If you don’t already have descriptions of the processes at work within your team or company, at least understand the actions that are taken, who does what, and at what points approvals or quality checks come into play. Set these out on a timeline, so you have a rough overview of the tasks at work at any stage during the process cycle.

Then you can talk to people about their roles in this process, check that this cycle indeed works the way you have visualized it, and ask them openly about any problems or blockers that may hinder this process, and things that they are doing for which there is no reason.

You may be surprised how often things move in circular fashion or have dead ends. Approvals that require other approvals are one example, or critical actions that can only be performed by a staff member who’s working part-time. Or a digital process running through the servers of another company, only to return back into your systems at a later point, requiring data conversion along the way. In such cases, the original purpose of those process steps were forgotten or lost, but kept because it was simply part of the process. Those are the kinds of inefficiencies that are easy (and thankful!) to spot and take action on.

In a real-life example I once worked at a warehouse years ago, where the team goal was to finish off orders within a set time of receiving them. The pressure was high, and people often had to skip breaks to make them, which led to a lot of turnover in the staff. The reason for this high pressure was to make sure orders were delivered on time, but the goal had not been changed by a decade, and meanwhile delivery companies had been modernized and upscaled. There was no longer a need for the goal to be this strict for the company to meet its delivery standards. People were being worn out to perform consistently ahead of schedule. If we had reduced the goal to an acceptable, modern standard, turnover rates would have dropped and team happiness increased.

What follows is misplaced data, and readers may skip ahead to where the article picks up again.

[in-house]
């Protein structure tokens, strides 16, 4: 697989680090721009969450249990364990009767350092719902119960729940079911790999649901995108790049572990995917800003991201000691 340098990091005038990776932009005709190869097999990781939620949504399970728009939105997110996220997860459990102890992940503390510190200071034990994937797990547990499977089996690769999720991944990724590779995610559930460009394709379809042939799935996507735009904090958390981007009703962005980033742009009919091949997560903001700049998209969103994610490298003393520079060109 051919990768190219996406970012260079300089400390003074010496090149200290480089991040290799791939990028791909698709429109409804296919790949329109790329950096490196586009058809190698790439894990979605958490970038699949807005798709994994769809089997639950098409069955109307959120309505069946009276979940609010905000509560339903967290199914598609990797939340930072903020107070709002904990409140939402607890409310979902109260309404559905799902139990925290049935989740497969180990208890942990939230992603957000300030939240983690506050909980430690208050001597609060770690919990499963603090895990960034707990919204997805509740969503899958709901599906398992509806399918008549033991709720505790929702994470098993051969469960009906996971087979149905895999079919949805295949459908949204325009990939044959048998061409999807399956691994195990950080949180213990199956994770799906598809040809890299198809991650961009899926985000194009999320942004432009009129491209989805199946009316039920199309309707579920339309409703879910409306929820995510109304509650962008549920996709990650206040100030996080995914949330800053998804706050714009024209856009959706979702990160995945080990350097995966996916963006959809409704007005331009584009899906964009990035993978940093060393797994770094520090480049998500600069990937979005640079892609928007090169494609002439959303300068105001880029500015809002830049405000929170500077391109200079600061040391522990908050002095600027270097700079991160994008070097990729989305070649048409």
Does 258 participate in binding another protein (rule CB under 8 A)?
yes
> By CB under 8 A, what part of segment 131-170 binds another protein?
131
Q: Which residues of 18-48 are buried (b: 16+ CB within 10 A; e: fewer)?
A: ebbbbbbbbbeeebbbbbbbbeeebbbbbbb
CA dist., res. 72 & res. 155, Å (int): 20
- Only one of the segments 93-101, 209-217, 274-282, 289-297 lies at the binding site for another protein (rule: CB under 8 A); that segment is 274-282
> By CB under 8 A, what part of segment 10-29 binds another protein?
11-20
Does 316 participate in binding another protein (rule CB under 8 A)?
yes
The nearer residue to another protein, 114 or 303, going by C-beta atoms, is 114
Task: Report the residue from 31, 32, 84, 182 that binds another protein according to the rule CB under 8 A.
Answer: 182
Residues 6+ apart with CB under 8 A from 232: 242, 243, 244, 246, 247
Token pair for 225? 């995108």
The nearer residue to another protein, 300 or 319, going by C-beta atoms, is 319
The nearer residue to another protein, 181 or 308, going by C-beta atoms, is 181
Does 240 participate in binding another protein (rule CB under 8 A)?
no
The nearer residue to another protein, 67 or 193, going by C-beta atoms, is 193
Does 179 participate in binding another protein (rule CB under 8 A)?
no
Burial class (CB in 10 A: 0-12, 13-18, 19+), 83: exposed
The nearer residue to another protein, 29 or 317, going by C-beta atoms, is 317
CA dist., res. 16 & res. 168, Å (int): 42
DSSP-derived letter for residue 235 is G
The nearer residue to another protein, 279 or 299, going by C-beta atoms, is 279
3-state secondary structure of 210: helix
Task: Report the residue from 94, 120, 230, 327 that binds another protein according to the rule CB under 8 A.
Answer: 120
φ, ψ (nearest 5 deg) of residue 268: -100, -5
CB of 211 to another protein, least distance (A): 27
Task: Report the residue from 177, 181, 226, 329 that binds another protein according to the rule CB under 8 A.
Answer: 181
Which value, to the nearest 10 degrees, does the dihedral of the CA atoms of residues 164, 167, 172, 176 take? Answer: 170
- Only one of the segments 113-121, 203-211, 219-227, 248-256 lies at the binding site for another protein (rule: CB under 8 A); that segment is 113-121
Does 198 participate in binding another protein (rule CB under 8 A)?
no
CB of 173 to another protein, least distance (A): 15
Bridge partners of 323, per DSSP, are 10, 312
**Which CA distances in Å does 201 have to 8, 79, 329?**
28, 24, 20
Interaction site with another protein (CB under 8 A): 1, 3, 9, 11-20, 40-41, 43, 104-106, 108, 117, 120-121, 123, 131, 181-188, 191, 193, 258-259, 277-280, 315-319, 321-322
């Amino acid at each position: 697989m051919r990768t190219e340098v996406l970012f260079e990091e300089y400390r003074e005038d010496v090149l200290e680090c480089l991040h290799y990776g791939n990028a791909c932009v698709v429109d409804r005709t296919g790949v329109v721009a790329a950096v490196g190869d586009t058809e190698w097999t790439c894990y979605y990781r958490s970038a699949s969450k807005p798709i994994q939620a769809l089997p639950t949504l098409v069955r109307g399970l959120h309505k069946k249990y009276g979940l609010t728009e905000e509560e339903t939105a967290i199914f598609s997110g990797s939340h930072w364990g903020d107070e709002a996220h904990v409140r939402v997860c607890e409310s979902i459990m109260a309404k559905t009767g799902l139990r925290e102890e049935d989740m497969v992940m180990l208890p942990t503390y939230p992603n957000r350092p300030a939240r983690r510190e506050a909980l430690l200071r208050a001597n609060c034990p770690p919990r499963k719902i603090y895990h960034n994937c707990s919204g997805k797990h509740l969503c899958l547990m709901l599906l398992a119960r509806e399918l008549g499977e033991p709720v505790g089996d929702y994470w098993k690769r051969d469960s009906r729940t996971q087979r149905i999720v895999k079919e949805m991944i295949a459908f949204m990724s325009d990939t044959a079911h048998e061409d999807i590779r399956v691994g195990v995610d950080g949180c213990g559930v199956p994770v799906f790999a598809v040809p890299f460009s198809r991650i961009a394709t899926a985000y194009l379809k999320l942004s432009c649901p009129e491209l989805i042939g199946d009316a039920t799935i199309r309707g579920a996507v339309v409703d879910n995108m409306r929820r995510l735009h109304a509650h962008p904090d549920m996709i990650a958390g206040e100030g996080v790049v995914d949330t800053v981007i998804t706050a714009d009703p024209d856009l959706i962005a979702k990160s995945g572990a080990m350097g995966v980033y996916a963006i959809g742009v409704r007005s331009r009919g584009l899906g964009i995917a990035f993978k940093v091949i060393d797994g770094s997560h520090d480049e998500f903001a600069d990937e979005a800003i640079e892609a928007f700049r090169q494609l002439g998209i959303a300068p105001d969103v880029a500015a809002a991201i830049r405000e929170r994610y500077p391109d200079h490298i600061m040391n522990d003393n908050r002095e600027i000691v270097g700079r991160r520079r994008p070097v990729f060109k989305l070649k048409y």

Am I forgetting myself?

One key staff member is often forgotten by management: themselves.

You too are in need of development, and even if your performance seems on the level, you have to remain watchful for complacency or running behind on your skill levels due to focusing too much on others, or the “daily business”. As leader and manager you are a critical component in the machine that is your team, and failing to increase your own skill does a disservice not only to you, but your team as well!

Don’t be led only by your performance reviews, if you have them. Talk regularly with your team members during informal check-ins, and spend the effort to create a safe atmosphere where people are able and willing to share information that they might keep to themselves normally, perhaps for fear of reprisal, feeling disempowered or “it not being their place to say”. This information can include hints to your own performance, and you should take such feedback to heart and work on your own advancement.

Being a leader means that you are always at the head of the movement, that you have to be knowledgeable and prepared to meet the demands of your team or company. This is part art and part science, and you need to pay equal attention to each. Education, coaching, feedback, the stories and anecdotes of peers, but also recharing yourself with rest and vacation all serve to keep you in good health and mental shape. Don’t neglect yourself in the process of improving your team!